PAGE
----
Interpersonal Consequences

Part 1: Violence in the American Family

Background: A National Survey of Domestic Violence

Behind Closed DoorsBehind Closed Doors: Violence in the American Family, by Murray Straus and his colleagues, Richard Gelles and Suzanne Steinmetz (Anchor Books: 1980), reports the results of a landmark study of patterns of physical violence in U.S. families. Straus et al. selected a probability sample of 2,143 married (or cohabiting) couples and asked adults in each household a series of questions about acts of violence they, their spouse, or their children had committed during conflicts with other family members in the past year. To provide some background for examining the relationship between alcohol use and interpersonal violence, it will be helpful to focus on more general findings of this ground-breaking study of abusive violence in U.S. families.

Straus et al. designed their survey carefully to obtain valid responses from interviewees and to minimize under-reporting of violence. However, several limitations of this study should be noted: (1) over a third of the sample (35%) failed to complete the interview or could not be contacted; (2) no interviews were conducted in single-parent households; and (3) data were not collected on parents' acts of violence toward children under the age of three. In light of these sources of "missing data," it is possible that the rates of violence reported by Straus and his associates may actually under-estimate the overall prevalence of domestic violence in the U.S.

The measure of domestic violence in this study was the "Conflict Tactics Scale" that Straus developed. This multi-item scale includes non-violent methods of conflict resolution in domestic situations, such as discussion and compromise, as well as relatively mild forms of violence, such as pushing or shoving (see the list on page 3 of this unit). However, Straus et al. focus most of their attention on potentially injurious forms of abusive violence: "acts where people punched, kicked, or bit a family member, hit the person with a hard object, 'beat up' another person, or shot, or tried to shoot, stabbed, or tried to stab, another family member" (1980: 22). The following graph depicts regional variations in three types of abusive violence and shows that acts of violence between siblings (child-to-child) are by far the most common form of domestic violence (adapted from Straus et al., 1980: 128-129). Nearly half of the households with two or more children was the scene of abusive sibling violence within the year preceding the survey. In contrast, parent to child violence was reported in about 15 percent of households and couple violence (including both male-to-female and female-to-male violence) occurred in 7 percent of families. It is interesting that the South shows the lowest rate of abusive violence of parents toward children, casting doubt on criminological theories and popular stereotypes about a "southern subculture of violence."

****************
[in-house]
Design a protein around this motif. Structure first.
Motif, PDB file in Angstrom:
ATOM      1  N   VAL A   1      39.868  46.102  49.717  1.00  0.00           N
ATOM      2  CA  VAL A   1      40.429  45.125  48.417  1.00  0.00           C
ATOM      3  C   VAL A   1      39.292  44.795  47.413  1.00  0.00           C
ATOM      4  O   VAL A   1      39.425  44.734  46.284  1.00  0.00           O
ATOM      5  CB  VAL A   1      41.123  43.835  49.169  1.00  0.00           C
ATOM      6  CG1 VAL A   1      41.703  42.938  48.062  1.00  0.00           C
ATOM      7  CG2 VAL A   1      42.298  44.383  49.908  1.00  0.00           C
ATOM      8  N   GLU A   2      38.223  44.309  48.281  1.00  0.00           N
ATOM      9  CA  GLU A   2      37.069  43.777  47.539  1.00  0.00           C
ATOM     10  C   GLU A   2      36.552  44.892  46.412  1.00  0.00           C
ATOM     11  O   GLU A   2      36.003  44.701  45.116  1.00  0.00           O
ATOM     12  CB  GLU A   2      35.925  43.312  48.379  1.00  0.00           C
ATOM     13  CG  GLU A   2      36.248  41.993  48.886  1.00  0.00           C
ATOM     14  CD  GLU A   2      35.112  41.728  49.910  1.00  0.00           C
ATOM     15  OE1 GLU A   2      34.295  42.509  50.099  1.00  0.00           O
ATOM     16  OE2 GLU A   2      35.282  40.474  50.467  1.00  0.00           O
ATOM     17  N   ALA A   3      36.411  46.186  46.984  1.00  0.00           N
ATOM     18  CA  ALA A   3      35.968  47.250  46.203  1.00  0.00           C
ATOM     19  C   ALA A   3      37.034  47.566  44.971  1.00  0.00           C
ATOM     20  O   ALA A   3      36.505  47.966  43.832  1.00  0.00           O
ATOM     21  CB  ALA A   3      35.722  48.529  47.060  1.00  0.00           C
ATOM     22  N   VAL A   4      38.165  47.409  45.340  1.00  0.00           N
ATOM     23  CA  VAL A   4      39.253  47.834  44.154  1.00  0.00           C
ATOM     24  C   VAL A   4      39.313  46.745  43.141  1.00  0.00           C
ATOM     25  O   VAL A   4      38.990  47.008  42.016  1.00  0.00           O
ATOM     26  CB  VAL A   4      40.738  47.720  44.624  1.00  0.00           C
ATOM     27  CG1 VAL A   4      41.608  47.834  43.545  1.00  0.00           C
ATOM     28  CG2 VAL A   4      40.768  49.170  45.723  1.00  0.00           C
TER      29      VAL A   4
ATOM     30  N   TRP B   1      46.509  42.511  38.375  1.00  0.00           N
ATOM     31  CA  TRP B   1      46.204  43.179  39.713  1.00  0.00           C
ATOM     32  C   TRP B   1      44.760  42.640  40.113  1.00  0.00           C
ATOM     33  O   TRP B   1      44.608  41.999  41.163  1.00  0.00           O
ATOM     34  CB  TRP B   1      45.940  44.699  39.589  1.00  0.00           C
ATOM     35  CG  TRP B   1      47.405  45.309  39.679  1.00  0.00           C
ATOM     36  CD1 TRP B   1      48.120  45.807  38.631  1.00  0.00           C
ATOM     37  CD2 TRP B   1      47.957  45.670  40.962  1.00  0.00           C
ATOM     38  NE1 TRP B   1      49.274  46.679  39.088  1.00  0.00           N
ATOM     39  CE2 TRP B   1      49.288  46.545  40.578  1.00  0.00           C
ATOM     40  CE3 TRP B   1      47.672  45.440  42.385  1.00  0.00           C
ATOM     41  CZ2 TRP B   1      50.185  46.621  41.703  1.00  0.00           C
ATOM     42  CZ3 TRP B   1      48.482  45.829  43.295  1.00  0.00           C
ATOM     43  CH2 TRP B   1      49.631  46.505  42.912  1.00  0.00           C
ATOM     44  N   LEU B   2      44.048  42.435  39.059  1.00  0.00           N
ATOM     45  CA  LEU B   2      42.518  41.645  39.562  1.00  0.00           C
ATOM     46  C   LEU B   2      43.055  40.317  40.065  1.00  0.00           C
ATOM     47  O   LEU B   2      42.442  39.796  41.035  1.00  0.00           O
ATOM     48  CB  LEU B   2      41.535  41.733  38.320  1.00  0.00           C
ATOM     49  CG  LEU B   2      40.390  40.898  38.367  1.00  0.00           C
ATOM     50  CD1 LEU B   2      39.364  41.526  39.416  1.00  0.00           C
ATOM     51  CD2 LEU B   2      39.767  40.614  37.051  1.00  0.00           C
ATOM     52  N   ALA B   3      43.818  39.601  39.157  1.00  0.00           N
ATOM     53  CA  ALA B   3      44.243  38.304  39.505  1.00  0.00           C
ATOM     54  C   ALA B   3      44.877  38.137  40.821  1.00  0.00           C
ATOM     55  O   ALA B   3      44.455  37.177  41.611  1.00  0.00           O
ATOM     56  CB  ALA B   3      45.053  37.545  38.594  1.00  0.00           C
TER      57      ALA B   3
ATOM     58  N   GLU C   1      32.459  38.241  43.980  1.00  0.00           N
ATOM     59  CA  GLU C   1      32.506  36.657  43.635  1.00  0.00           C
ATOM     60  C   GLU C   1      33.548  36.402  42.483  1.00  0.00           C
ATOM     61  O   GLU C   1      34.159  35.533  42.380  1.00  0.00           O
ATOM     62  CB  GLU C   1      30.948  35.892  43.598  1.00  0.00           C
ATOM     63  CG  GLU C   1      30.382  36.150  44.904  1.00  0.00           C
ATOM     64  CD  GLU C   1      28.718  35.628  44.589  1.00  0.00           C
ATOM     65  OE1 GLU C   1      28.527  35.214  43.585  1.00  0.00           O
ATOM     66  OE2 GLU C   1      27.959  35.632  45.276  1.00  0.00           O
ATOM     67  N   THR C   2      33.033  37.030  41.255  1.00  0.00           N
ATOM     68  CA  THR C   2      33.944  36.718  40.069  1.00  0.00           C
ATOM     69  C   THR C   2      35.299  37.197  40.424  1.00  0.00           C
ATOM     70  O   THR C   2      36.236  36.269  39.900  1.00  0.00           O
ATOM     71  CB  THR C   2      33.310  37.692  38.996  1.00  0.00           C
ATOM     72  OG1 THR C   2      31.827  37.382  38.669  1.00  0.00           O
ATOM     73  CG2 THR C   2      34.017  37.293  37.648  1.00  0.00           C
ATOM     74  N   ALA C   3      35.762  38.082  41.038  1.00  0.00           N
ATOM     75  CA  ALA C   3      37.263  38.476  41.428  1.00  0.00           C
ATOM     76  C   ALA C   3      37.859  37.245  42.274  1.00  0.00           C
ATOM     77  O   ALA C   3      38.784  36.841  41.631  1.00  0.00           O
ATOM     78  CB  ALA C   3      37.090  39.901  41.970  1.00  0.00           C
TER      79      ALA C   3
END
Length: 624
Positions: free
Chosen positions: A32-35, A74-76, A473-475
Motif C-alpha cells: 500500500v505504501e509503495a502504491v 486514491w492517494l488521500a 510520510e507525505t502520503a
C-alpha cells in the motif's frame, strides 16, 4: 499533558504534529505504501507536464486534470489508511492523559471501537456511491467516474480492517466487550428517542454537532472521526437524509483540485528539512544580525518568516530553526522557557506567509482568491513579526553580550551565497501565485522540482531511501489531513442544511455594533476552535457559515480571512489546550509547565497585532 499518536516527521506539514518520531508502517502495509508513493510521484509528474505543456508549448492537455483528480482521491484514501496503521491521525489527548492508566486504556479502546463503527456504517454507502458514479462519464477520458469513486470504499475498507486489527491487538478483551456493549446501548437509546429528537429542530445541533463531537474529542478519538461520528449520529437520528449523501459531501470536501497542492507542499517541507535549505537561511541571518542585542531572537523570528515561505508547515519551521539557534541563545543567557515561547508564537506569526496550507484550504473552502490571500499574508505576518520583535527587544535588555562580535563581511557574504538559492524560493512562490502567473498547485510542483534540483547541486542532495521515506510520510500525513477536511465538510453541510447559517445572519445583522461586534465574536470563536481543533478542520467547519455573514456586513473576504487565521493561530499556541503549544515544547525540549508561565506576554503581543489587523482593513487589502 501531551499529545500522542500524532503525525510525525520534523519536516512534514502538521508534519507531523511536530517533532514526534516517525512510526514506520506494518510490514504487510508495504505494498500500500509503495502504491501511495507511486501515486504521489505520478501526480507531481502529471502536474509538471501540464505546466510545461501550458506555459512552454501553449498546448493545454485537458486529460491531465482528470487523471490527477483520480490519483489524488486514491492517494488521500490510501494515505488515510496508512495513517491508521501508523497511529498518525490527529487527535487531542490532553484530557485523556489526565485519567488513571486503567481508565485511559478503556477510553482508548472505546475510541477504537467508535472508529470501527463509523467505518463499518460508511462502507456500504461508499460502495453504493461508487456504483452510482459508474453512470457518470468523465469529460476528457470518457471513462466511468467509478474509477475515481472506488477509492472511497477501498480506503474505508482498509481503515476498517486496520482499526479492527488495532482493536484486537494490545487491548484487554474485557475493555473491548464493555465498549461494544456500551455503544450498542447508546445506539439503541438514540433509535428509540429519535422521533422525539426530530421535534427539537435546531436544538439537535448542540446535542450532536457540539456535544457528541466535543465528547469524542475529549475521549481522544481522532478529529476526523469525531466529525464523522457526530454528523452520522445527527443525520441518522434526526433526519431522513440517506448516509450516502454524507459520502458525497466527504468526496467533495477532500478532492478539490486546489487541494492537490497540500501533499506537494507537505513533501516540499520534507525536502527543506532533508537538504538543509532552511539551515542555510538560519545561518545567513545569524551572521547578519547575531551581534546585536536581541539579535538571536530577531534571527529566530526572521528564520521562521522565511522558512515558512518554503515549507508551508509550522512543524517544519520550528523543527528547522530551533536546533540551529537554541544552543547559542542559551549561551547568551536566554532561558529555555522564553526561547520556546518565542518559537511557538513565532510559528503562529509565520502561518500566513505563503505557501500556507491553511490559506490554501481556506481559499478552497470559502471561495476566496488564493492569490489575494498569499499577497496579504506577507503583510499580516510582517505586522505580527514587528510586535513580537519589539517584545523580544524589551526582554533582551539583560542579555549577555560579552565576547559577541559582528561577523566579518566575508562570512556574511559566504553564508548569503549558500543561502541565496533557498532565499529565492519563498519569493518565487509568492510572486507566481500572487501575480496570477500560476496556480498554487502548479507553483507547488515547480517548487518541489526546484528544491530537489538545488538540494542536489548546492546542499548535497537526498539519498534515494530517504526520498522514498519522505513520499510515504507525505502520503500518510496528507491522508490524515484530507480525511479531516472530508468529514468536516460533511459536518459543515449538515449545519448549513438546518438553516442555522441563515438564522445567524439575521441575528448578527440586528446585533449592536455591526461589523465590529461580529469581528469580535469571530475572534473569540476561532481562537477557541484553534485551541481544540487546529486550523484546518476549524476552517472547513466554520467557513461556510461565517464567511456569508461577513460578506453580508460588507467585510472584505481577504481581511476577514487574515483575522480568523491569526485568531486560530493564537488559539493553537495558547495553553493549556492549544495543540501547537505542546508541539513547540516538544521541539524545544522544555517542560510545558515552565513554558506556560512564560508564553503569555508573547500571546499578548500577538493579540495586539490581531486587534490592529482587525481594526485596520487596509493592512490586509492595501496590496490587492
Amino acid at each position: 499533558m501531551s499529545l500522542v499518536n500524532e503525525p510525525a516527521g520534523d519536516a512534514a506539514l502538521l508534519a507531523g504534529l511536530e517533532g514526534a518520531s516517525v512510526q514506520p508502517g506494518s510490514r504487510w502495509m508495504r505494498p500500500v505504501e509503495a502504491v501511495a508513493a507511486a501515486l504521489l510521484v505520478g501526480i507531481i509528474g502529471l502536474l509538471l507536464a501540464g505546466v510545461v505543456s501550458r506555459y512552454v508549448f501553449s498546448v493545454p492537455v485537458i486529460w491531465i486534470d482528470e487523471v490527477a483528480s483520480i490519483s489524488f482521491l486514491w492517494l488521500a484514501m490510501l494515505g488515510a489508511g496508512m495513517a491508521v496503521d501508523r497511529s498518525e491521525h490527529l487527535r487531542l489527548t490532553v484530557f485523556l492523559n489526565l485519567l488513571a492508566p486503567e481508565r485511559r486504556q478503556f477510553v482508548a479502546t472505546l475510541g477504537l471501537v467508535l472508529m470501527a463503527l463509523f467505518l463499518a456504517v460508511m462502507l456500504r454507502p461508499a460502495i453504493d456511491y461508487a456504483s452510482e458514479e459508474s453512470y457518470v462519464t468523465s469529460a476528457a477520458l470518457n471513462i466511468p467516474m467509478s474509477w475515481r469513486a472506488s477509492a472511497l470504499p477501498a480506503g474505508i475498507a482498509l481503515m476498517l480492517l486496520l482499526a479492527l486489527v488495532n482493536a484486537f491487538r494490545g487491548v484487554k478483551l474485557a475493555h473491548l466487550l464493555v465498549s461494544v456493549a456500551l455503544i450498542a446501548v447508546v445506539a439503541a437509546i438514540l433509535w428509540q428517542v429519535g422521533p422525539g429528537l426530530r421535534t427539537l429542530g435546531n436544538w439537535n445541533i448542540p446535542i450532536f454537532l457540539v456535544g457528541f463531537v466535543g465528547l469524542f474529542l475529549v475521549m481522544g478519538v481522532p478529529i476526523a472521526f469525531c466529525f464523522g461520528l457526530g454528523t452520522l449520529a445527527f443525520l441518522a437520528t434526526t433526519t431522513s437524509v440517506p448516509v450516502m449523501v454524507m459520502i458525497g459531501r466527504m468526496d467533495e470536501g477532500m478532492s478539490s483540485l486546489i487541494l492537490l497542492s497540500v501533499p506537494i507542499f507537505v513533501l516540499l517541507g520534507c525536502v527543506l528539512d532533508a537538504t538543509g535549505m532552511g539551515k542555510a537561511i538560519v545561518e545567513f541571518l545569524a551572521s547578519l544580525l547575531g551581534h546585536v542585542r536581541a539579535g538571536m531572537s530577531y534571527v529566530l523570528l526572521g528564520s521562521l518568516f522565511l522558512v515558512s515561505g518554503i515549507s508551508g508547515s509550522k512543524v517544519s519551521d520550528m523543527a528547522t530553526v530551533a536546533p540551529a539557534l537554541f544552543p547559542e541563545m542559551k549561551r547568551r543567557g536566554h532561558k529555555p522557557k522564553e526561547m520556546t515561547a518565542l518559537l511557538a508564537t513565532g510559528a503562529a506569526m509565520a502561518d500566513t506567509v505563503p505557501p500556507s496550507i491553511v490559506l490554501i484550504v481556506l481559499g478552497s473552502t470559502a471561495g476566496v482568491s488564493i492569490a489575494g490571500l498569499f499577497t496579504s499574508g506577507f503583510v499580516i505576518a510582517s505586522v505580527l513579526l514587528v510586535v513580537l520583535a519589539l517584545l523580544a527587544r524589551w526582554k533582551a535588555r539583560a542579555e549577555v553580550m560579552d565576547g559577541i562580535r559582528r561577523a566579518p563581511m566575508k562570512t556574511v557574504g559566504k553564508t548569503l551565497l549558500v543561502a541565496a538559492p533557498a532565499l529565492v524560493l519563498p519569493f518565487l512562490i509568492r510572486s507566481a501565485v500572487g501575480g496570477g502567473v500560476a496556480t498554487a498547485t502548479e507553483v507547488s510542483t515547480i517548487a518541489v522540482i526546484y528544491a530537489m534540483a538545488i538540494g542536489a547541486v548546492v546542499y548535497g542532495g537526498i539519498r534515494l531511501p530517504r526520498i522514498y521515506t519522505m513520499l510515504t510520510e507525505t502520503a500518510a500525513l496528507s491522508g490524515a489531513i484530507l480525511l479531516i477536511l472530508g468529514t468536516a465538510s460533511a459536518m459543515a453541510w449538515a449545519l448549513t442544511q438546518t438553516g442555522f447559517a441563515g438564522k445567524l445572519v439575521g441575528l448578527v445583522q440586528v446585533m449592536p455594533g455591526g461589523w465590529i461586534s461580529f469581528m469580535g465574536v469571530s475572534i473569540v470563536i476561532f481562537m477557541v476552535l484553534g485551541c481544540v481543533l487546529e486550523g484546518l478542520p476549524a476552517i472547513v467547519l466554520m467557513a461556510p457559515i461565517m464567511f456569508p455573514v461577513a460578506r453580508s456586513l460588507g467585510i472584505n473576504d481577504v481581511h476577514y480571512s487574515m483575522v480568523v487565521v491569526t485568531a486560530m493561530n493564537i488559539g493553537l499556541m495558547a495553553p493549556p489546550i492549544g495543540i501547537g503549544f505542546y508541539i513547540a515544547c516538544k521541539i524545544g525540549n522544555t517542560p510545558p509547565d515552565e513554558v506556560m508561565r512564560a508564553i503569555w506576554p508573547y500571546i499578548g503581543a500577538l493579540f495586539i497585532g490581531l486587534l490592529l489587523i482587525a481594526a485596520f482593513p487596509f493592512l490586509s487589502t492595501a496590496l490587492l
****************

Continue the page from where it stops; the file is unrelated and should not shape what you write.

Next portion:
Abusive Violence by Type and Region

Employment and Abusive Violence

Economic stress is among the primary factors that Straus et al. find to be associated with the incidence of abusive violence in American households. For instance, as shown in the following graph, they find a strong relationship between the employment status of husbands and abusive violence toward children and spouses. As compared to households where the husband is employed full time, families with a husband who is employed part time show nearly twice the rate of parent-to-child violence and three times the rate of violence between spouses. Families with unemployed husbands also show substantially higher rates of abusive violence than those with husbands who are employed full time. Reflecting on the implications of these findings, Straus et al. (1980: 150) suggest that "it would certainly not be unreasonable to expect that the rates, and deadly toll, of family violence would fluctuate with national and local rates of unemployment." The next time you hear that the unemployment rate has risen, think about the potential implications of this for what goes on "behind closed doors."

Abusive Violence by Husband's Employment Status

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